Each week on this little-over-20-minute podcast, a special guest joins Ellie and Bethany at the table to discuss relevant money-related issues. From saving for retirement and credit chats, to home-based business tips and maybe a thing or two about what Star Wars has to do with coffee, there is always something to talk about.

The Money Millhouse will teach you while entertaining you with offbeat humor, geek-speak and money tips you never knew existed. If you can put up with Ellie’s annoying dogs announcing the next guest to come to Ellie’s door for a cup of Joe and a light hearted but important conversation, then you’ll get the maximum return on your time investment.

Come on in to The Money Millhouse, where we brew up money saving tips and tricks for anyone’s lifestyle. You might even learn a few secrets in the Millhouse closet.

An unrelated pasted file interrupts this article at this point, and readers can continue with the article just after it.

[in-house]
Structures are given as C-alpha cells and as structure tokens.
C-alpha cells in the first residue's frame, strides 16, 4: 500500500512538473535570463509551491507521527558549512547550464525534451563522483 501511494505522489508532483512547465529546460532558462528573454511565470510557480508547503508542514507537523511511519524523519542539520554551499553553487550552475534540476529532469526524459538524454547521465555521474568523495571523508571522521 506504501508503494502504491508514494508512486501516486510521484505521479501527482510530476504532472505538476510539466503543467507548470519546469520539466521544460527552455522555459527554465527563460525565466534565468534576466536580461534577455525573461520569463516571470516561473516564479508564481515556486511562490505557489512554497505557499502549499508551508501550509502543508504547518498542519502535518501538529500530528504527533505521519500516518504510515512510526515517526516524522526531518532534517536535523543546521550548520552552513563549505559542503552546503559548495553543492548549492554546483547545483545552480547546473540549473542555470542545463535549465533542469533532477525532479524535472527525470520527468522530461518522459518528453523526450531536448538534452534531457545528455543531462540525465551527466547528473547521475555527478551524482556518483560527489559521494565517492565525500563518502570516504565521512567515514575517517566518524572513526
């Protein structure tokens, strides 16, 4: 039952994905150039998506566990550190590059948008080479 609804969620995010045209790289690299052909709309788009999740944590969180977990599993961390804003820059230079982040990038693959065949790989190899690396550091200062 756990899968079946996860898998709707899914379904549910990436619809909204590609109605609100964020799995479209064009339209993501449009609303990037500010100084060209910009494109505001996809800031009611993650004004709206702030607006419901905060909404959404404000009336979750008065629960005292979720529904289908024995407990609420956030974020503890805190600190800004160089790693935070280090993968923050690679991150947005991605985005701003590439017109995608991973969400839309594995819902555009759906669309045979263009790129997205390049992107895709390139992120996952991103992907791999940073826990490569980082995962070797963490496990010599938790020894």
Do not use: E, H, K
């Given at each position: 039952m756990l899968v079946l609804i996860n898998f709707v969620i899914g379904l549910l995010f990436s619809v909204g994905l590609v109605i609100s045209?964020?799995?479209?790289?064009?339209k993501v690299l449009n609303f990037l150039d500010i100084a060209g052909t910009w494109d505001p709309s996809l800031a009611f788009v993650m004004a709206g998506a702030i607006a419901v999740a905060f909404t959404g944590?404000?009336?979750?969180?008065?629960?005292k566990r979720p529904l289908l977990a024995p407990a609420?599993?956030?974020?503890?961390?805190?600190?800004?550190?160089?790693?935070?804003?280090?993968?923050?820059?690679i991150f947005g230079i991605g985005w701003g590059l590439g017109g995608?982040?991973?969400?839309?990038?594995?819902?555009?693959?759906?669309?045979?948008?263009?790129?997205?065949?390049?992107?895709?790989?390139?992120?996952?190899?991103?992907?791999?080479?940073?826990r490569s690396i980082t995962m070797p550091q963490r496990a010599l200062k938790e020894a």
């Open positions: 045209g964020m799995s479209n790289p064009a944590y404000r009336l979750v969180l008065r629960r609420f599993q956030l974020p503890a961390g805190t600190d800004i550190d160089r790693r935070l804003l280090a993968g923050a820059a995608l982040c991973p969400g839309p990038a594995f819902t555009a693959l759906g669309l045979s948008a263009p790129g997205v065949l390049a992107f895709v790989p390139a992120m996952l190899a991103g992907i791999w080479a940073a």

This week, the show kicks off with a bang when Bethany

and Ellie talk about saving money when it comes to eating healthy including menu planning and tips at the grocery store. Start your menu planning by looking into your pantry and avoid wastage. Danna Demetre joins the conversation talking about the fact that the same principles to save money are the same when it comes to your health as well. Learn about which poisons (that go into your body) to cut out, which sweetener is the best for your body and why disease can be expensive. Also learn why having Mental Health Days (can you say a Disney day?) are important and natural days to de-stress.

The Money Millhouse is a production of Heroes at Home, a non-profit organization that gives financial education to military families around the world. To find out more about Heroes at Home, or to make an end of the year donation, visit heroesathome.org